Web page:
• May 2022
  • Vol. 23, No. 4

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The Warmth of Other Suns

Written by Associate Commissioner Aysha E. Schomburg

(This message is an excerpt from remarks delivered at the Kansas Racial Equity Collaborative Symposium.)

Years ago, I read a book by Isabel Wilkerson called The Warmth of Other Suns. The title of the book relates to a poem by Richard Wright, wherein he writes, in part, "I was leaving the south, to fling myself into the unknown." The book is about the Great Migration of Blacks living in the south seeking opportunities in the north. When I think about this journey we are all on toward advancing racial equity, it can certainly feel like we are flinging ourselves into the unknown.
 
There's a specific passage in the book that stays with me. The author describes a moment when, as a young girl, she discovers a photo of two Black migrant women and writes, "Why did they go? What were they looking for? How did they get the courage to leave all they ever knew for a place they had never seen…? Was it a braver thing to stay or a braver thing to go?"
 
This is how I think about this journey toward equity. Is it braver to stay where we are, or is it braver to take the journey and move toward achieving racial equity? Can we fling ourselves into the unknown?
 
A few weeks ago, I was asked to encourage attendance for a training on a racial impact assessment tool. The first question in this tool is, "Is there a diverse group of people at the table?". There is a 2-minute video of advocates in New York City picketing outside of a Prada store because Prada created a whole line of products with blackface imagery, including black monkeys with big red lips. How did this get approved? Who was at the table, and maybe more importantly, who wasn't?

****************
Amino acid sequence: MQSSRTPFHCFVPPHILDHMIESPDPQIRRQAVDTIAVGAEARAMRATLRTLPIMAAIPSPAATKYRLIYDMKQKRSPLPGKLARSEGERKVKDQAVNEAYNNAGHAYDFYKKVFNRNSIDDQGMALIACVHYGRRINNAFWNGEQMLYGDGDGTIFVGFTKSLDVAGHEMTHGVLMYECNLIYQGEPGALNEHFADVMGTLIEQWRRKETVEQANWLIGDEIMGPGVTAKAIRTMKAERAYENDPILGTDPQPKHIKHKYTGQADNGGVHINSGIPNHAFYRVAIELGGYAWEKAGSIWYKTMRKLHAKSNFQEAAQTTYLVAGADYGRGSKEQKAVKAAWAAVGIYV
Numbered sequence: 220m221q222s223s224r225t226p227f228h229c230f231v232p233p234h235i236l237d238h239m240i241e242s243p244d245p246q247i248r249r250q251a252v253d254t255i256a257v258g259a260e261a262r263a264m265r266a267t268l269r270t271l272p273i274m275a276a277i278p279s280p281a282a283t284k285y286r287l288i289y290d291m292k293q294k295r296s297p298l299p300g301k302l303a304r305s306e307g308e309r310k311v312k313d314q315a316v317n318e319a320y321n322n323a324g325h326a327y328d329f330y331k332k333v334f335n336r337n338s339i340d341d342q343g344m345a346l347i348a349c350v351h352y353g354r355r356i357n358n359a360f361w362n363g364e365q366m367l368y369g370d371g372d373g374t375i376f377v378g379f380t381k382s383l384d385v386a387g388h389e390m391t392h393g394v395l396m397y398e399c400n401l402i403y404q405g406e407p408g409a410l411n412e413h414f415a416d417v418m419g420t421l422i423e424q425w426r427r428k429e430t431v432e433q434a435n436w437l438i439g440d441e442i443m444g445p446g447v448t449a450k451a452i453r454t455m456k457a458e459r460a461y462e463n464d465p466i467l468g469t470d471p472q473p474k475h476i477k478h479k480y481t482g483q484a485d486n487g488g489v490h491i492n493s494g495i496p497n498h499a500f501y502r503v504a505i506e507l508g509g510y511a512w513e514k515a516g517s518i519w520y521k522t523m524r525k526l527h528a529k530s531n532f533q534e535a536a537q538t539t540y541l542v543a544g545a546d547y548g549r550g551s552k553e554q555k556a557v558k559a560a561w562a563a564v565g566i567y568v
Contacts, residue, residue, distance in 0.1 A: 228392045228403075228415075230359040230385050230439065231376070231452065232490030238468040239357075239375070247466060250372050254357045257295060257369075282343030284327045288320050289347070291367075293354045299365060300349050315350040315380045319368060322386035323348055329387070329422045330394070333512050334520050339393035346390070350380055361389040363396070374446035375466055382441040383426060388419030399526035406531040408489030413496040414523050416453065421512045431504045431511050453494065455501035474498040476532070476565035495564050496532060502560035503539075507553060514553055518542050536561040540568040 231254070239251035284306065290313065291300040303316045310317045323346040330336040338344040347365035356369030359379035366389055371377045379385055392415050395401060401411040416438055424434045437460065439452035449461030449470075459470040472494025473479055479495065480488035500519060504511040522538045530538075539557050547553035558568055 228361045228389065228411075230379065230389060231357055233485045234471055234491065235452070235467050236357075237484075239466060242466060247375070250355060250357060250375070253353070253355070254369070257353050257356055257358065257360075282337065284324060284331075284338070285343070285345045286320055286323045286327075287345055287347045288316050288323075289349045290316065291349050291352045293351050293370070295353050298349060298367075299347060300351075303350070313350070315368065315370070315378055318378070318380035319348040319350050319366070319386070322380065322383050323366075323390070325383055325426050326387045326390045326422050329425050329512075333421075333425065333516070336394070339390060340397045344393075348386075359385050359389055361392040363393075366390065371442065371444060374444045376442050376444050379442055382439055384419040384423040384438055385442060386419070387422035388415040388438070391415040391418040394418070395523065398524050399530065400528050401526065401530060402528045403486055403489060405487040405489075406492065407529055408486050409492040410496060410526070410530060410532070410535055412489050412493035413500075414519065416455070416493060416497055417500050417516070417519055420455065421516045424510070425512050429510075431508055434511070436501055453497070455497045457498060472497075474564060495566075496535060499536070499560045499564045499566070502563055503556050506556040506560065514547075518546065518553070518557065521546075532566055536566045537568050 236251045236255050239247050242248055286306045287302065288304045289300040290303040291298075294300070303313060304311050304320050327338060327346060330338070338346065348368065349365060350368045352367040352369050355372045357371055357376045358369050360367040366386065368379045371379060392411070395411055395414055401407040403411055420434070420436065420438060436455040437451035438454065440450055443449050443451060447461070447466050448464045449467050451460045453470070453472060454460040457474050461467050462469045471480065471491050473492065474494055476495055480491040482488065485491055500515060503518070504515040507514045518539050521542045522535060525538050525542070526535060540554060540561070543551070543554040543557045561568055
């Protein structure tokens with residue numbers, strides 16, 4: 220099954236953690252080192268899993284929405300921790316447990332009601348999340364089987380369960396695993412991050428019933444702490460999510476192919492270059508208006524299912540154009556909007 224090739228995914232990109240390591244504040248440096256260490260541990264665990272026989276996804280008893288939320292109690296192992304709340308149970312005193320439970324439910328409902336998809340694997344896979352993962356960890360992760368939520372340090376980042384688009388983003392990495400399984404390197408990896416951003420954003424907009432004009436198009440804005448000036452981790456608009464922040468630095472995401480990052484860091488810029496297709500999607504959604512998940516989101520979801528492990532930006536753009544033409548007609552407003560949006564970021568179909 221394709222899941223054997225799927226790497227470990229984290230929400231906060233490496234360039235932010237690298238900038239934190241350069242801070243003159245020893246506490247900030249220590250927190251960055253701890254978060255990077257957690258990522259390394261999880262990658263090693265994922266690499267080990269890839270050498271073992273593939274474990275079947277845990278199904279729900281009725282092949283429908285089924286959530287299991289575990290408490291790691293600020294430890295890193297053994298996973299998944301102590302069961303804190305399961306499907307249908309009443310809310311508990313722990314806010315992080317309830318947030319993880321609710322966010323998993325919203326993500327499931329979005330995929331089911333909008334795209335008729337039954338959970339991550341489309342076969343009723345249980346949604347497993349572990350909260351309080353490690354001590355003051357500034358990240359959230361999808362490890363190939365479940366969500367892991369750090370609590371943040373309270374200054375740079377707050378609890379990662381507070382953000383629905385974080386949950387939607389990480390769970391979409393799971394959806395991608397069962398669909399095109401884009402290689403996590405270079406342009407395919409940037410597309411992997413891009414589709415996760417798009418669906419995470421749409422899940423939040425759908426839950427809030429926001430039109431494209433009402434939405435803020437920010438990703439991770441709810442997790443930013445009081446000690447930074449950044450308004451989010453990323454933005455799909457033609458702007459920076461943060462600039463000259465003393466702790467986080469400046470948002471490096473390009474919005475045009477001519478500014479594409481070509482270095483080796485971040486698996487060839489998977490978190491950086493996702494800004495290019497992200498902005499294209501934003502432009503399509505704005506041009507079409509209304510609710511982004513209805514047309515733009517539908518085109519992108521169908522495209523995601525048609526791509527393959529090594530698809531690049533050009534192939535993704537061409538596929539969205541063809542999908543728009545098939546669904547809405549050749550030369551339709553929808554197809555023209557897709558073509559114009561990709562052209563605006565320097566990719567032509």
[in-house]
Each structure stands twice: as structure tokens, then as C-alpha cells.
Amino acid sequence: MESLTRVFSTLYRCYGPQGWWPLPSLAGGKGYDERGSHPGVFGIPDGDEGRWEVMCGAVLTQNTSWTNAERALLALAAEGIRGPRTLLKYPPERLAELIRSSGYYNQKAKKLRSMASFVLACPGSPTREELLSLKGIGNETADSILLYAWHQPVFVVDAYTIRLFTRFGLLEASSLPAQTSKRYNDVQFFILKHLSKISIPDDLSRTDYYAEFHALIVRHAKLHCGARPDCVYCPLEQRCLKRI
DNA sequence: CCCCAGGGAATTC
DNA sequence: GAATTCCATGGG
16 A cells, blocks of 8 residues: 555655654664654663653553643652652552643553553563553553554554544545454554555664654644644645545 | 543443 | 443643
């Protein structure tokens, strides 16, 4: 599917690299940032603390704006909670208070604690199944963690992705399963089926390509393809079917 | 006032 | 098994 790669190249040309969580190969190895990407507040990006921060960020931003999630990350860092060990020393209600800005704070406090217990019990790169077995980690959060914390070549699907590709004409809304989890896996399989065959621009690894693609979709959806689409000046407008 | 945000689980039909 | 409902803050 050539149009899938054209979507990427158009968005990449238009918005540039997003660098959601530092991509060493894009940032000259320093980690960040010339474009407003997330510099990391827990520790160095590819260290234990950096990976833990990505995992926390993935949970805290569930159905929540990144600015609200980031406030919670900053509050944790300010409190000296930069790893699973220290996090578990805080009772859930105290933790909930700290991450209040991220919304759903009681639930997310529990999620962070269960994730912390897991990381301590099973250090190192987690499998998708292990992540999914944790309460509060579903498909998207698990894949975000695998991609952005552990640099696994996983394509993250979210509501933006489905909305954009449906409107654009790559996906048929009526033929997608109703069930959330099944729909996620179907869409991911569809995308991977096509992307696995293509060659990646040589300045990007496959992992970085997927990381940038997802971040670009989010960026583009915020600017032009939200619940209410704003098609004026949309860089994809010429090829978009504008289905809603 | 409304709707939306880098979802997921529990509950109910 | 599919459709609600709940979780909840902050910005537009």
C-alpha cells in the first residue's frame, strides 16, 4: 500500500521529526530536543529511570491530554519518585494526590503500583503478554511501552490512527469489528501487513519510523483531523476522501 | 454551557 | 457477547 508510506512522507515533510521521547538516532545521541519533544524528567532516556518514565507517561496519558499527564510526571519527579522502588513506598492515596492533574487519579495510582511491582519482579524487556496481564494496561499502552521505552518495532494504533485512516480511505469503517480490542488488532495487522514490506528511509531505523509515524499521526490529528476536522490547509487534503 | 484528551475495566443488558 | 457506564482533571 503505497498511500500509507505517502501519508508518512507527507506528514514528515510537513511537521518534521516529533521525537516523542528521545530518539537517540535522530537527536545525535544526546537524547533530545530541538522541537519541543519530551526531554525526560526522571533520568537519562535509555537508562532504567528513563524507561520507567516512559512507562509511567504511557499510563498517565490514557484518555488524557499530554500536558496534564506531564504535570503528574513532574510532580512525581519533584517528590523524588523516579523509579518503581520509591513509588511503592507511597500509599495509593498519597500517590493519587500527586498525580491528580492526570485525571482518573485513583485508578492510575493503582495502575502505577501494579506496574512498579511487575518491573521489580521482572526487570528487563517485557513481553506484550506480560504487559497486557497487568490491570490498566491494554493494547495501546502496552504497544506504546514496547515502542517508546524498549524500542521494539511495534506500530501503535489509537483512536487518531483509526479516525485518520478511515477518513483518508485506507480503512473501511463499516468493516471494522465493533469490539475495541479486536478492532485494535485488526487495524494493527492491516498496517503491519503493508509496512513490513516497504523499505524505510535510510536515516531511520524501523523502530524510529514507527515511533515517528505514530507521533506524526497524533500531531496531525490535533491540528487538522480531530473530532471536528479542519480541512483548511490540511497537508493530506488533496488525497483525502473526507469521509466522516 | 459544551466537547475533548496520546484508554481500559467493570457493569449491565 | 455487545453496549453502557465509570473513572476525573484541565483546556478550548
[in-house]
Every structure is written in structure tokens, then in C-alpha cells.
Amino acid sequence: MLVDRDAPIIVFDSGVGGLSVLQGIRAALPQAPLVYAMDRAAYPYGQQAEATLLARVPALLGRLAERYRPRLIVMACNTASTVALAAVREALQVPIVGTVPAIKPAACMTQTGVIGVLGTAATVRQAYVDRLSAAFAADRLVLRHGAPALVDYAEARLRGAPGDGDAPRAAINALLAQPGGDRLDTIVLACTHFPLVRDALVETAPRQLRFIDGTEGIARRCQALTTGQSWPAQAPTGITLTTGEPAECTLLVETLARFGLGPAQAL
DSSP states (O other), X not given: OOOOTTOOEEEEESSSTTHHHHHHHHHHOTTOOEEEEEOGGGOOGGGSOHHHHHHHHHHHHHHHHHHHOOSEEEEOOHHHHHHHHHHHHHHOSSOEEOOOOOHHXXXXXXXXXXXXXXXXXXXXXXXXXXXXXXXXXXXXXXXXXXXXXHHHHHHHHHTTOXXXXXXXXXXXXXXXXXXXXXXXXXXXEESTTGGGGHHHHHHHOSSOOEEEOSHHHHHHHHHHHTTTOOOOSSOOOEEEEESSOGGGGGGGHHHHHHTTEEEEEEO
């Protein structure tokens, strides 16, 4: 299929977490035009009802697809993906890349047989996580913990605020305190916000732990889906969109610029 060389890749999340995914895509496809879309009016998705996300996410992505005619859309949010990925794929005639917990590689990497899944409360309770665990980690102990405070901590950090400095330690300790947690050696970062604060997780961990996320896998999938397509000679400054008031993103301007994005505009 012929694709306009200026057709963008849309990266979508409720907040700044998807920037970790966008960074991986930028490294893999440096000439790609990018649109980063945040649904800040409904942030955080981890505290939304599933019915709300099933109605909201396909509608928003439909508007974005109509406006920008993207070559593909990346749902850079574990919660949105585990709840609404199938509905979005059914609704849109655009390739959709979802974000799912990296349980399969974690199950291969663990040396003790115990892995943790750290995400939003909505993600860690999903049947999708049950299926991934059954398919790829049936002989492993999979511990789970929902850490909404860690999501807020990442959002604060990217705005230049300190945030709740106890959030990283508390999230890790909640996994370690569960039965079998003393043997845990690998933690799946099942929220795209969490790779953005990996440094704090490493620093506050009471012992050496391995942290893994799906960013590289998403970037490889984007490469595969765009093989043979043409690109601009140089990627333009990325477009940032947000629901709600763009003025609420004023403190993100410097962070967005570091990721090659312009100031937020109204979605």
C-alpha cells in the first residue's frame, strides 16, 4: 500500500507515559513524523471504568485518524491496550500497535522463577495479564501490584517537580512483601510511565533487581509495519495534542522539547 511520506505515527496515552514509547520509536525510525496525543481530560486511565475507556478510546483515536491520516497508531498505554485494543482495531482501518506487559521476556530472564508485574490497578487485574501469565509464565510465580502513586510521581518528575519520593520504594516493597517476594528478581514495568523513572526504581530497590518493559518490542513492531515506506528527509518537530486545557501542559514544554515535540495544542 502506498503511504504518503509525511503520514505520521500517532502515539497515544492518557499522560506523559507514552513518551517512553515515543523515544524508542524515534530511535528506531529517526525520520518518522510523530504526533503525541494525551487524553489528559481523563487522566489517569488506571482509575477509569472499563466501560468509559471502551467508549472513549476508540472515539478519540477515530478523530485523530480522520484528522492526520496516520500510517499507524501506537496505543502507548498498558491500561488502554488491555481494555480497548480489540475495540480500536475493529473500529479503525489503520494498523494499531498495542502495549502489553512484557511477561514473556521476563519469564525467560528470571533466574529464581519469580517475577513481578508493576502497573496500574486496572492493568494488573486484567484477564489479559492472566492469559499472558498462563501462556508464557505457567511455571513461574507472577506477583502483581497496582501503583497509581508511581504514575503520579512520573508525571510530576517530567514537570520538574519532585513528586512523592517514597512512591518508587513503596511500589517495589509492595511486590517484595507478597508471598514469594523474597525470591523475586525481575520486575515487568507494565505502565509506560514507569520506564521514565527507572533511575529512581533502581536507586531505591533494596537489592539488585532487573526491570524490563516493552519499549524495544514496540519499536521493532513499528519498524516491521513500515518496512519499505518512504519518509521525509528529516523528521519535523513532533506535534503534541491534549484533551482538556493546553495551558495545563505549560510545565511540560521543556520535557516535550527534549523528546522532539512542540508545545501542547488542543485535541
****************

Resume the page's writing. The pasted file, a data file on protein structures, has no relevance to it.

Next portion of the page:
I flung myself into the unknown and played the video for my colleagues. Then I asked, "Who was at the table when this decision was made?" The truth is, none of us had any idea who was at the table, or who wasn't. A few days later, a colleague who had been in the leadership meeting emailed me. She began by writing, "In the spirit of the Prada example…" and went on to suggest that we begin having conversations to assess the language we use in framing our policies. She was moved to act toward racial sensitivity.
 
I flung myself into the unknown and I felt the warmth of impact.
 
We do this work of advancing racial equity and equity for underserved communities because it is the best thing we can do for future generations—not only for Black and Brown people but all people. Everyone will benefit from an equitable society.  
 
Is it braver to stay or go? For me, it is a braver thing to go.  
 
I want to move toward racial equity and justice. 
 
I want to fling myself into the unknown. 
 
I want to feel the warmth of impact. 
 
I want to feel the warmth of other suns.
 

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